Even if your faith is extremely strong in some particular proposition, e.g. that God loves you, it’s important to recognize that there’s a chance you are mistaken. That should be an important part of any respectable road to knowledge. So you are faced with (at least) two alternative ideas: first, that God exists and really does love you and has put that belief into your mind via the road of faith, and second, that God doesn’t exist and that you have just made a mistake.
The problem is that you haven’t given yourself any way to legitimately decide between these two alternatives. Once you say that you have faith, and that it comes directly from God, there is no self-correction mechanism. You can justify essentially any belief at all by claiming that God gave it to you directly, despite any logical or evidence-based arguments to the contrary.
This means that, when William Lane Craig enters into one of his 'debates', he does so with absolute certainty that he cannot be wrong – because no matter how un/persuasive he finds his opponent's arguments, he knows he is right because of the "Holy Spirit", and anyone who doesn't acknowledge the same truth is guilty of some moral failing. What's the point of even entering into a discussion with someone who is certain they cannot be wrong? In the above video, Craig can be seen accusing atheists of being "cocksure". I can't imagine anything more "cocksure" than a belief that is utterly immune to evidence and argument.

I'm singling out Craig because I think he embodies a mindset common in many modern believers. I see this all the time when I engage in lengthy debates with believers. The real buttress for his beliefs is simply incredulity at the notion that his most cherished beliefs could be complete and total bullshit. His personal and social identity is so deeply intertwined with his beliefs that he's incapable of putting himself in the shoes of a healthy skeptic. He just cannot imagine that we don't secretly believe in God. He can't even entertain the idea that his experience of the "Holy Spirit" may have been nothing more than the outcome of common cognitive biases.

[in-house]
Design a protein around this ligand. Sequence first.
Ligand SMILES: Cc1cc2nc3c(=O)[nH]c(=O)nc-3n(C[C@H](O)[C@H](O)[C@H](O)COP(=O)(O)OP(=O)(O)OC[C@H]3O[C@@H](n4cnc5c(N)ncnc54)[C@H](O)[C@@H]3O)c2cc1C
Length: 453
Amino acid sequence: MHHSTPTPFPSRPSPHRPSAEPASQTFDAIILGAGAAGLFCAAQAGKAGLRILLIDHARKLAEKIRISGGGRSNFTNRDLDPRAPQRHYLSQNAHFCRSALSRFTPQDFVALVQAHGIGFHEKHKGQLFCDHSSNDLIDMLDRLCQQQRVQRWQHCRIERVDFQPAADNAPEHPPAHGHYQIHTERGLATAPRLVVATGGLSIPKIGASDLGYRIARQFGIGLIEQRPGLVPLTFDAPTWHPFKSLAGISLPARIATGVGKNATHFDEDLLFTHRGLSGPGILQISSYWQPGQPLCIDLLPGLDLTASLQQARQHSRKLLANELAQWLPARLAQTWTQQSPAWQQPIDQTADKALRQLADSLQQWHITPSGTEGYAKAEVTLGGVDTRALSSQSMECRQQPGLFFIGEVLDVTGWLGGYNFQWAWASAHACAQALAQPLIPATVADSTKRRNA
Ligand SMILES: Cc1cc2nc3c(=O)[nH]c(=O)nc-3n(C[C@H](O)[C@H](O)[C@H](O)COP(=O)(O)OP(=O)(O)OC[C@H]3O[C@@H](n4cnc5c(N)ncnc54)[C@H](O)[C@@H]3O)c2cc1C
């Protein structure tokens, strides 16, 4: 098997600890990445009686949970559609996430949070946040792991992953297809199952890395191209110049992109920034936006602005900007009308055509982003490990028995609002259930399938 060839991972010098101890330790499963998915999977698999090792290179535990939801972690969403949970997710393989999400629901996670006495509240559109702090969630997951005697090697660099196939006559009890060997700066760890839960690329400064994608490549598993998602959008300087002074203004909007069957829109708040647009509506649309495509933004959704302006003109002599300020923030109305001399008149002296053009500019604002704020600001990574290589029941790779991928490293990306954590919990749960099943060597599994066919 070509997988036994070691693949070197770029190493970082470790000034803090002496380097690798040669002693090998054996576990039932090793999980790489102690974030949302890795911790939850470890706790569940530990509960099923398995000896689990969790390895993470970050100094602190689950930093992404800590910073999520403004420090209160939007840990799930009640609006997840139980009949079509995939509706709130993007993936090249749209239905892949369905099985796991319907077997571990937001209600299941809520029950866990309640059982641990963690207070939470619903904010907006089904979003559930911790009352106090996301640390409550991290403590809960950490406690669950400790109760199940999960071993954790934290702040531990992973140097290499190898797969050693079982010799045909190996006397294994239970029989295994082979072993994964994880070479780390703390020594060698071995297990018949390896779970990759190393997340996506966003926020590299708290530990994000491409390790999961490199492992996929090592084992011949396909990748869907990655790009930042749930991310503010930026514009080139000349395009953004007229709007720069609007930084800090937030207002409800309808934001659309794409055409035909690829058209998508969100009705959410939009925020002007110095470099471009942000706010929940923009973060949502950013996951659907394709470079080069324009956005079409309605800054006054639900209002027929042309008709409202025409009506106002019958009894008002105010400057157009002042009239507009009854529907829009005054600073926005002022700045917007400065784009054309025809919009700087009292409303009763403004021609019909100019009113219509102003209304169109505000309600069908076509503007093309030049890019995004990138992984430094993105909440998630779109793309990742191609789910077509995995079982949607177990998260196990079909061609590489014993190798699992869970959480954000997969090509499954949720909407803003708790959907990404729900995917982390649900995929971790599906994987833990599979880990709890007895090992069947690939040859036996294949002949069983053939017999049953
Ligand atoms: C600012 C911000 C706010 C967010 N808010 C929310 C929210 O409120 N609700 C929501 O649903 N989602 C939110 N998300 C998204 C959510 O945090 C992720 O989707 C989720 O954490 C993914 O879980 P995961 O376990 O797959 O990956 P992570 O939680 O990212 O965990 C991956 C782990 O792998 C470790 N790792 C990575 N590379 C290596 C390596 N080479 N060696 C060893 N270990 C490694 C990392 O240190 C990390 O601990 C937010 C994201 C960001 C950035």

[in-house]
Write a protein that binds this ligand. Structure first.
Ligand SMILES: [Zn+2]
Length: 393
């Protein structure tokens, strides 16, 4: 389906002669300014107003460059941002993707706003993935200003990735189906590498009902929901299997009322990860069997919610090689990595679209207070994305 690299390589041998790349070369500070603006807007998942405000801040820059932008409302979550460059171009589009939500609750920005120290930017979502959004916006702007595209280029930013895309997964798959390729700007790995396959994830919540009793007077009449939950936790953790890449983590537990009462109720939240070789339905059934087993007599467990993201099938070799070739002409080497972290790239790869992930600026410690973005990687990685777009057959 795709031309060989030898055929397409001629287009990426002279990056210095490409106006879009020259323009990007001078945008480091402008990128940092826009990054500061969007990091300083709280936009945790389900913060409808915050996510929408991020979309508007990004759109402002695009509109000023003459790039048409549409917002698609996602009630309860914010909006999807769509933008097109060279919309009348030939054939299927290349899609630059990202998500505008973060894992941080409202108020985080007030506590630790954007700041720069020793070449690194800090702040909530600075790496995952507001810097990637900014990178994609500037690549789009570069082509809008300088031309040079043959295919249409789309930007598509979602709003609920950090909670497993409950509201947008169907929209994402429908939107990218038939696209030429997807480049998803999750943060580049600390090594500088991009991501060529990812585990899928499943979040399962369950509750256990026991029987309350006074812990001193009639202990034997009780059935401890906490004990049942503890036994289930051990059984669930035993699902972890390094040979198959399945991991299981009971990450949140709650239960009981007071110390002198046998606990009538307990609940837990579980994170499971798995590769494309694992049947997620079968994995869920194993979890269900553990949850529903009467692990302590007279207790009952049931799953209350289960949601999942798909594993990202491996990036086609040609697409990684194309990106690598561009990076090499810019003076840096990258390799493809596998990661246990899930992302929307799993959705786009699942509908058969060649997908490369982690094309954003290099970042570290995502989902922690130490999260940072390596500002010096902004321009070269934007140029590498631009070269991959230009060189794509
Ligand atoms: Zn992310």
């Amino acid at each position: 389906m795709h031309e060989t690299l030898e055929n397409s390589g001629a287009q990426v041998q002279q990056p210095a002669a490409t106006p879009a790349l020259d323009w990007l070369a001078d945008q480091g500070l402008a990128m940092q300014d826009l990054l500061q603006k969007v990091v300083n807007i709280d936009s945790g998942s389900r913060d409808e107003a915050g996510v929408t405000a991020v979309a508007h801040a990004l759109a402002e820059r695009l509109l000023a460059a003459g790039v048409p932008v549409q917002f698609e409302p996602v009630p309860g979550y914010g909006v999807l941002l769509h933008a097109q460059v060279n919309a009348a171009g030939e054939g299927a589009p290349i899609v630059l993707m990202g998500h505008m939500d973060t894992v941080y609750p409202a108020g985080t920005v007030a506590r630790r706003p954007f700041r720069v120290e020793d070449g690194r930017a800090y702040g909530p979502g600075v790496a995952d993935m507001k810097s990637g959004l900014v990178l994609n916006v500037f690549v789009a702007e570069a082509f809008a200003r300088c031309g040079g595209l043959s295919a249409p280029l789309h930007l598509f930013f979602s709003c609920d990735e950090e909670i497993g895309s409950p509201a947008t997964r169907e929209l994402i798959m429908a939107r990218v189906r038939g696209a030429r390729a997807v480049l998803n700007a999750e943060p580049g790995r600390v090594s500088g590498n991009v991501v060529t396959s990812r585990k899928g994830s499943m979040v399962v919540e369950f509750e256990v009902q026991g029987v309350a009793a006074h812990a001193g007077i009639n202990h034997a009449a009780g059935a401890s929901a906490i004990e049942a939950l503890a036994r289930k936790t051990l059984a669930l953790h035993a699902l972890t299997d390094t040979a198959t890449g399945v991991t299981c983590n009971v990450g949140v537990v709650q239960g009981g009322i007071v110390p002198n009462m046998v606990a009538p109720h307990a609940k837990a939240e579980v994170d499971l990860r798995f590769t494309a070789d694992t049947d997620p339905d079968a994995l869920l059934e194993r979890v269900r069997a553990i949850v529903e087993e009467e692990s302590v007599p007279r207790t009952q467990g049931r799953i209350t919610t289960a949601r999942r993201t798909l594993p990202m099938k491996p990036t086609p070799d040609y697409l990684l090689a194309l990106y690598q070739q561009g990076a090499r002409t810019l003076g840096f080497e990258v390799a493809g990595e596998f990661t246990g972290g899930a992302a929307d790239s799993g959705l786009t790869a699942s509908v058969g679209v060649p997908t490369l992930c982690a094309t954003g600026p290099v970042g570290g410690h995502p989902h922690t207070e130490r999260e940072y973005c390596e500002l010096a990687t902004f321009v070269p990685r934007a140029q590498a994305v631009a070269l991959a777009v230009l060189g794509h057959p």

That's why, in so many words, I'm burned out on it all. I don't have any desire to try to reason with people who only apply reason and skepticism selectively. This blog must go in the direction of my own personal development, and I'm not entirely sure what that's going to be. But I'm not going to be reading any more apologetics books or anything like that – not for the foreseeable future, anyway. Whatever direction The A-Unicornist goes, I hope I can keep it entertaining enough to keep you, my invaluable readers, around.

Oh, and I'll be extra-honest. I also haven't been blogging as much because I've been spending lots of time with my fantastic girlfriend (we have lots of atheist orgies and drugs to do!), and practicing a shitload of guitar. I've been studying this amazing Australian guitarist named Paul Wardingham. His music is insanely difficult, but learning it has definitely pushed my development as a musician. I'm currently, among other things, trying to get down the 'solo' section (2:08 – 2:41) to this song: